The Business Development Bank of Canada announced a second round of investments in Canadian green technology on November 1, bringing its investment total in clean tech to $1-billion.
Combining government funds from green initiatives with institutional investments from around the world, the BDC aims to create lasting relationships with promising companies in order to reach the net-zero greenhouse gas emissions goals set by the federal government.
Dubbed the Climate Tech Fund, the new initiative has allocated an additional $400-million to accelerate Canada’s transition to a cleaner, low-emissions economy.
In 2018, the BDC committed $600-million to the same cause, doling out investments to 50 Canadian companies with the potential to scale low-carbon technologies up to commercialization. A young Eavor Technologies Inc. was one recipient of this first round of cash infusion.
The Globe and Mail reported on the announcement, and quoted Paul Cairns, chief business development officer for Eavor on how the investment from BDC differs from typical financial backing.
“It all feels more like a support system than an investor just looking for a return when you’re working with BDC,” said Cairns. The relationship is characterized by the advice and encouragement from the bank, he added.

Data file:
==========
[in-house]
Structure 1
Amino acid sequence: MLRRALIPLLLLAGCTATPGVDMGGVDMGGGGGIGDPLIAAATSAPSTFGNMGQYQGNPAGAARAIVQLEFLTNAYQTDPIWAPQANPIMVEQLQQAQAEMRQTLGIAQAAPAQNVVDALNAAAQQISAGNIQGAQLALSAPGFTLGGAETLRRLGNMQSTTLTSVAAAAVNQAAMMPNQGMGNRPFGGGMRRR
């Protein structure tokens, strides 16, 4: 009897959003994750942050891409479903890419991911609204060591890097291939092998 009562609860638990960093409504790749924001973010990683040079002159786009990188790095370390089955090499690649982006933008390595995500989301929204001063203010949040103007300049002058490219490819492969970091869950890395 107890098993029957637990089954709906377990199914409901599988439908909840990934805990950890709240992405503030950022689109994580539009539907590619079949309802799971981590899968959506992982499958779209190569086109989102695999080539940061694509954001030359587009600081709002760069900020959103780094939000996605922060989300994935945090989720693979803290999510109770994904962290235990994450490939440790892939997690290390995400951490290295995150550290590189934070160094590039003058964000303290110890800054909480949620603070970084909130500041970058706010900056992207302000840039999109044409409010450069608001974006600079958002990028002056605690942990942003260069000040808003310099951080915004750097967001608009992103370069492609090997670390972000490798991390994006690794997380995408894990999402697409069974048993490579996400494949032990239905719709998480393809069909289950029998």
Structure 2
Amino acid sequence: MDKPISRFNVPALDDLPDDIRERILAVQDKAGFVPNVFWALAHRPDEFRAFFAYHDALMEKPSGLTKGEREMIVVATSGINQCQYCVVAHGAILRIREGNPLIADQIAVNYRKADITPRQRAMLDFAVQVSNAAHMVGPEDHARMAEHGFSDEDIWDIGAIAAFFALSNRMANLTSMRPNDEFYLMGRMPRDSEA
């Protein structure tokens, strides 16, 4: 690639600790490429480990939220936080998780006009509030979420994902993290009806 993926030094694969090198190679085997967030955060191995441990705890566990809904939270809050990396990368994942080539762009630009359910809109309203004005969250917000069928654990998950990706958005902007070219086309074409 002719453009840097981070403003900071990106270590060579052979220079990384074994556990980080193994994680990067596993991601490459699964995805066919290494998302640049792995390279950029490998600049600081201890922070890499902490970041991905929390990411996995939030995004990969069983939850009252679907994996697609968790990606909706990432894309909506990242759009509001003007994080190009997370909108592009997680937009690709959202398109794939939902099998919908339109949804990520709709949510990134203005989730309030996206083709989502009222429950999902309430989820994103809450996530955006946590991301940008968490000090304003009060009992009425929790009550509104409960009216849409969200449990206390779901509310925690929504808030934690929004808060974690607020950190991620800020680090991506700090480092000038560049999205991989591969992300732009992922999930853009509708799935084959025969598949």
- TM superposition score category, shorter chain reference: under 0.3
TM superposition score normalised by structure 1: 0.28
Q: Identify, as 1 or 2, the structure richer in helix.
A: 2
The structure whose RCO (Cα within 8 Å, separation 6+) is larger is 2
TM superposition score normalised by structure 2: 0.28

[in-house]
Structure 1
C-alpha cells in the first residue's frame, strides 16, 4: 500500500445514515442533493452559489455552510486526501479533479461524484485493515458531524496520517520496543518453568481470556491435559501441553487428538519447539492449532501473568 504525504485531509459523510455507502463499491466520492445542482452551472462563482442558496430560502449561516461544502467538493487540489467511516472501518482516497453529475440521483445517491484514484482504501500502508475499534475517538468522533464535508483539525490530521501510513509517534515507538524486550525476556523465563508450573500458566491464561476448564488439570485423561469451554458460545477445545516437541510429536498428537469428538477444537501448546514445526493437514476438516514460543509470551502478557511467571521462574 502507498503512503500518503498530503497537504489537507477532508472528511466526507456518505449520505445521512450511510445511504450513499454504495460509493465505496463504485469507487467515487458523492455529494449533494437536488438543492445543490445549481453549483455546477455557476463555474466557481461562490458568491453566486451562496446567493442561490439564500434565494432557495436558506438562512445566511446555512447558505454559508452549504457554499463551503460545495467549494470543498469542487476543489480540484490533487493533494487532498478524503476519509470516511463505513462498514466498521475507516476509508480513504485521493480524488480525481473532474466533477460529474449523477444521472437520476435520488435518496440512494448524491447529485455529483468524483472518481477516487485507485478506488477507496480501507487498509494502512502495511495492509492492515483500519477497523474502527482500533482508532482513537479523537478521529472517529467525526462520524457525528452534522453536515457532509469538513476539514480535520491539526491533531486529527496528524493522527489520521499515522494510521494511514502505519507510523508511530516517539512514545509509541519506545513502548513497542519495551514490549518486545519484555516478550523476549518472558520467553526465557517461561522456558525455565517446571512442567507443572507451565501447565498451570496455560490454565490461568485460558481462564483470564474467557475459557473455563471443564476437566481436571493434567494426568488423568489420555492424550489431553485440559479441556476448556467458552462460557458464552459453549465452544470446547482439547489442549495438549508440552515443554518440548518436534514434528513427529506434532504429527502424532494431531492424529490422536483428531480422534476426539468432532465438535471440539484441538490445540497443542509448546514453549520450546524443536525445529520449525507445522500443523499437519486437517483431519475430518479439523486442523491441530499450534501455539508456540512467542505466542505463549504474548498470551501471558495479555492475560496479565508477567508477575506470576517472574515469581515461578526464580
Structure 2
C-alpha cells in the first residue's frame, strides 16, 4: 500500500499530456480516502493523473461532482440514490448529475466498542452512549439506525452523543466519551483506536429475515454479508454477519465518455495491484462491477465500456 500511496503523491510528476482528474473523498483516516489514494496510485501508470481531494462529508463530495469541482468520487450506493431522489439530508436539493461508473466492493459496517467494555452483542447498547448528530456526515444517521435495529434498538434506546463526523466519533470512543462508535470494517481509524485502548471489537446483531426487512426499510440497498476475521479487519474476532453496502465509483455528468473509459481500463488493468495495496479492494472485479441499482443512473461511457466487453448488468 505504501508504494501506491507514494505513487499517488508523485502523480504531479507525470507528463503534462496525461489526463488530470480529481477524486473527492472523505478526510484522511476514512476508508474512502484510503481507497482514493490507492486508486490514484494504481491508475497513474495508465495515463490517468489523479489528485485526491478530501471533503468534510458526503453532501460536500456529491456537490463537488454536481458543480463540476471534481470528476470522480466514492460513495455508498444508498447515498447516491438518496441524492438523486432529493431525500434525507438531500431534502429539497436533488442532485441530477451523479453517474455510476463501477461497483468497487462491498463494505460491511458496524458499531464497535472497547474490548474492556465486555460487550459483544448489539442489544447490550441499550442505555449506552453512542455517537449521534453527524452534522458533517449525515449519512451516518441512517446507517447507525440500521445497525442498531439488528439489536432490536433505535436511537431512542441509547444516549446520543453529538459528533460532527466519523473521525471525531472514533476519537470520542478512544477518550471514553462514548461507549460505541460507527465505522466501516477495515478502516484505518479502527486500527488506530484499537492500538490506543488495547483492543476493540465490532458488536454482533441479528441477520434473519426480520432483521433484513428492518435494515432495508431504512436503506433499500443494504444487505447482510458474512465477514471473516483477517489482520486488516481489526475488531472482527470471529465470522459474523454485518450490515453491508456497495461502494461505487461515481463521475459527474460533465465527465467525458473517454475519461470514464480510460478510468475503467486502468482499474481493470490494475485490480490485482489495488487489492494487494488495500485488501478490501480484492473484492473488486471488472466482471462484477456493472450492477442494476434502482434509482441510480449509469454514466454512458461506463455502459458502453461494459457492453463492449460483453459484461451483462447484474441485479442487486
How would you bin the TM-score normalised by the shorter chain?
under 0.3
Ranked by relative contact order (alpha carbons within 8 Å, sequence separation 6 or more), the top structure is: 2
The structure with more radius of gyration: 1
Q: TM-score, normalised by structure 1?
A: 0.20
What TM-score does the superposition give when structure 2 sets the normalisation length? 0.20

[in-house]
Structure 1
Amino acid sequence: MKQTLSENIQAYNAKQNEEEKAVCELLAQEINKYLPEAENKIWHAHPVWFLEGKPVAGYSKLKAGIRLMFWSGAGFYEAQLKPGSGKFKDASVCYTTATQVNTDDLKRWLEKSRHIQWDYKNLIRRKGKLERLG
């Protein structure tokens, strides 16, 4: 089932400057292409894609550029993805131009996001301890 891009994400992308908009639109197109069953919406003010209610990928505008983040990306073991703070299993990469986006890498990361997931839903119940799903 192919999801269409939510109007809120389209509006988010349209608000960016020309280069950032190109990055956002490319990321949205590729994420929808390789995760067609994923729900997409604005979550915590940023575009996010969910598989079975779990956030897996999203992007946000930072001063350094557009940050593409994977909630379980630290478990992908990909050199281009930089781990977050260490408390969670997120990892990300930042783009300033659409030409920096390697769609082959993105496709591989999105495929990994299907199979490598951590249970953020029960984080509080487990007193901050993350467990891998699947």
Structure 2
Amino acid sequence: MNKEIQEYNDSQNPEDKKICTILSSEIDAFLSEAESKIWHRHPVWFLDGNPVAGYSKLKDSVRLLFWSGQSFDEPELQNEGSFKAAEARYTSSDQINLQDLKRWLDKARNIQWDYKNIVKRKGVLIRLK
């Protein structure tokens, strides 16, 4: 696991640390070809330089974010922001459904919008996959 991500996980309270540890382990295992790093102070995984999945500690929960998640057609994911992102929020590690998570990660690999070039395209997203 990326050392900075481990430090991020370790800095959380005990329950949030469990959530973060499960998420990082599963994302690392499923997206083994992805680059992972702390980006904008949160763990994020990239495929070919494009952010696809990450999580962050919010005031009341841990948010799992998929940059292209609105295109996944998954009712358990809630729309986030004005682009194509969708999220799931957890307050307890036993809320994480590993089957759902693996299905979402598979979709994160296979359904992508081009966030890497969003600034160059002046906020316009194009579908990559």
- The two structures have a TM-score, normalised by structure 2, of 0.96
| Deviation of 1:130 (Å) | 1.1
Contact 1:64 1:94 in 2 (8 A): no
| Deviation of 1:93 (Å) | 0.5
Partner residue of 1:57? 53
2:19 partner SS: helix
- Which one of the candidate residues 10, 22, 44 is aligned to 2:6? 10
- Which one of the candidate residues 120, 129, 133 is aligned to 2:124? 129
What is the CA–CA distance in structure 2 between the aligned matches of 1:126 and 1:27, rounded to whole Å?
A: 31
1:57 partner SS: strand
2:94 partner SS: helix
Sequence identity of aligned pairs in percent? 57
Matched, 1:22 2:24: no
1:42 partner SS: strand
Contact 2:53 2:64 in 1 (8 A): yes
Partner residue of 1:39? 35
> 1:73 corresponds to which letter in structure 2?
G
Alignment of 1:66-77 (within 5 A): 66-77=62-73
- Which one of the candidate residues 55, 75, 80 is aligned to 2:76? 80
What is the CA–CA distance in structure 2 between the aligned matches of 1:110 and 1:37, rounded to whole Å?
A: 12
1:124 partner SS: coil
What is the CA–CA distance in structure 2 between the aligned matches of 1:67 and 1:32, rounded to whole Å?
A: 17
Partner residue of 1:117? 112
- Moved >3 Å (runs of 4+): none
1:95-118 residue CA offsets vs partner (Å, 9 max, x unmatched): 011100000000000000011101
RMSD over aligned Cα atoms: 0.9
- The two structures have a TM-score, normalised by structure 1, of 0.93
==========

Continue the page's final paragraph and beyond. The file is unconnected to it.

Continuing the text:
Cairn’s also acknowledged the non-monetary benefits of the BDC’s initial investment in the budding – and more risk-prone – Eavor Technologies: a confidence and reputation boost.
“It speaks loudly towards the calibre of company that we must be for them to be involved with us, and we get to leverage off of that.”
And the BDC says this type of long-lasting, supportive relationship is what it’s aiming to foster within the green tech industry. Despite Canada’s quick ascent up the Global Cleantech Innovation Index (the country went from seventh in 2014 to second in 2021), follow-through investments are lacking.
That’s where we come in,” said Susan Rohac, BDC’s Climate Tech Fund managing partner. “We are trying to support these companies along the whole entire lifecycle. So we will come in as an early investor, but then follow them along as they continue to need multiple rounds as they commercialize and scale.”
Isabelle Hudon, president and chief executive officer of BDC said new advancements in low-carbon technologies will play a critical role in reaching the country’s goal of net-zero emissions by 2050.
“The creativity, the will and the capacity to develop those technologies” already exists in Canada, said Hudon. Demand for the capital to execute such developments was the deciding factor to kick off the second round of funding.